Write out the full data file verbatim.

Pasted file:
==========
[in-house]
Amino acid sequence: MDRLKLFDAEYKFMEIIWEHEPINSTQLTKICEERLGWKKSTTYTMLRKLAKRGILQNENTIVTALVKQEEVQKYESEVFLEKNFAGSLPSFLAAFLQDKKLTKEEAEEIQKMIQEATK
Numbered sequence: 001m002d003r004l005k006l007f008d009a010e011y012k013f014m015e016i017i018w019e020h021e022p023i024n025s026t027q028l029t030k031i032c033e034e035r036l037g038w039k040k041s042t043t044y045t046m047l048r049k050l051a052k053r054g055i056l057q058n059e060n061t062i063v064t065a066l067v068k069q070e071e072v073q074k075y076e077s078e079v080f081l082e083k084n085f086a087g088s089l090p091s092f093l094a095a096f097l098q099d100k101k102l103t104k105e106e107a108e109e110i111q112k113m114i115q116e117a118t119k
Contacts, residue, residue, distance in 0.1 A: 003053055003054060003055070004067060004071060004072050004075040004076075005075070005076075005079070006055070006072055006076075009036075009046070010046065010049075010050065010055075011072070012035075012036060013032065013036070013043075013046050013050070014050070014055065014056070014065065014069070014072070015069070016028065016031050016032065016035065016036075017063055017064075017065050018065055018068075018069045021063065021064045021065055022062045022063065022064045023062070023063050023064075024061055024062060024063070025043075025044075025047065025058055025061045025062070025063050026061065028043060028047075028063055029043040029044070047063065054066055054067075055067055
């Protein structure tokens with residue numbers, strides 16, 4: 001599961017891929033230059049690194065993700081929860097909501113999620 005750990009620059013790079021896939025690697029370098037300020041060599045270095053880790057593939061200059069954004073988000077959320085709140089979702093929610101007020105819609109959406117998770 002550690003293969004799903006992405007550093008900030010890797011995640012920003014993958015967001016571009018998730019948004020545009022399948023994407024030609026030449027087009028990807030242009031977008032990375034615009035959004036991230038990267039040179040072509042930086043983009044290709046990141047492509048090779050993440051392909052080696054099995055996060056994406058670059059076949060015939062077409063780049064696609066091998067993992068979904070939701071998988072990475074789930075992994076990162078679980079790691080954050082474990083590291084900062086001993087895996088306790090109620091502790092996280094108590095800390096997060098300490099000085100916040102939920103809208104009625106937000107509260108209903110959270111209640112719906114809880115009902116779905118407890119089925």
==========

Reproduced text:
[in-house]
Amino acid sequence: MDRLKLFDAEYKFMEIIWEHEPINSTQLTKICEERLGWKKSTTYTMLRKLAKRGILQNENTIVTALVKQEEVQKYESEVFLEKNFAGSLPSFLAAFLQDKKLTKEEAEEIQKMIQEATK
Numbered sequence: 001m002d003r004l005k006l007f008d009a010e011y012k013f014m015e016i017i018w019e020h021e022p023i024n025s026t027q028l029t030k031i032c033e034e035r036l037g038w039k040k041s042t043t044y045t046m047l048r049k050l051a052k053r054g055i056l057q058n059e060n061t062i063v064t065a066l067v068k069q070e071e072v073q074k075y076e077s078e079v080f081l082e083k084n085f086a087g088s089l090p091s092f093l094a095a096f097l098q099d100k101k102l103t104k105e106e107a108e109e110i111q112k113m114i115q116e117a118t119k
Contacts, residue, residue, distance in 0.1 A: 003053055003054060003055070004067060004071060004072050004075040004076075005075070005076075005079070006055070006072055006076075009036075009046070010046065010049075010050065010055075011072070012035075012036060013032065013036070013043075013046050013050070014050070014055065014056070014065065014069070014072070015069070016028065016031050016032065016035065016036075017063055017064075017065050018065055018068075018069045021063065021064045021065055022062045022063065022064045023062070023063050023064075024061055024062060024063070025043075025044075025047065025058055025061045025062070025063050026061065028043060028047075028063055029043040029044070047063065054066055054067075055067055
């Protein structure tokens with residue numbers, strides 16, 4: 001599961017891929033230059049690194065993700081929860097909501113999620 005750990009620059013790079021896939025690697029370098037300020041060599045270095053880790057593939061200059069954004073988000077959320085709140089979702093929610101007020105819609109959406117998770 002550690003293969004799903006992405007550093008900030010890797011995640012920003014993958015967001016571009018998730019948004020545009022399948023994407024030609026030449027087009028990807030242009031977008032990375034615009035959004036991230038990267039040179040072509042930086043983009044290709046990141047492509048090779050993440051392909052080696054099995055996060056994406058670059059076949060015939062077409063780049064696609066091998067993992068979904070939701071998988072990475074789930075992994076990162078679980079790691080954050082474990083590291084900062086001993087895996088306790090109620091502790092996280094108590095800390096997060098300490099000085100916040102939920103809208104009625106937000107509260108209903110959270111209640112719906114809880115009902116779905118407890119089925």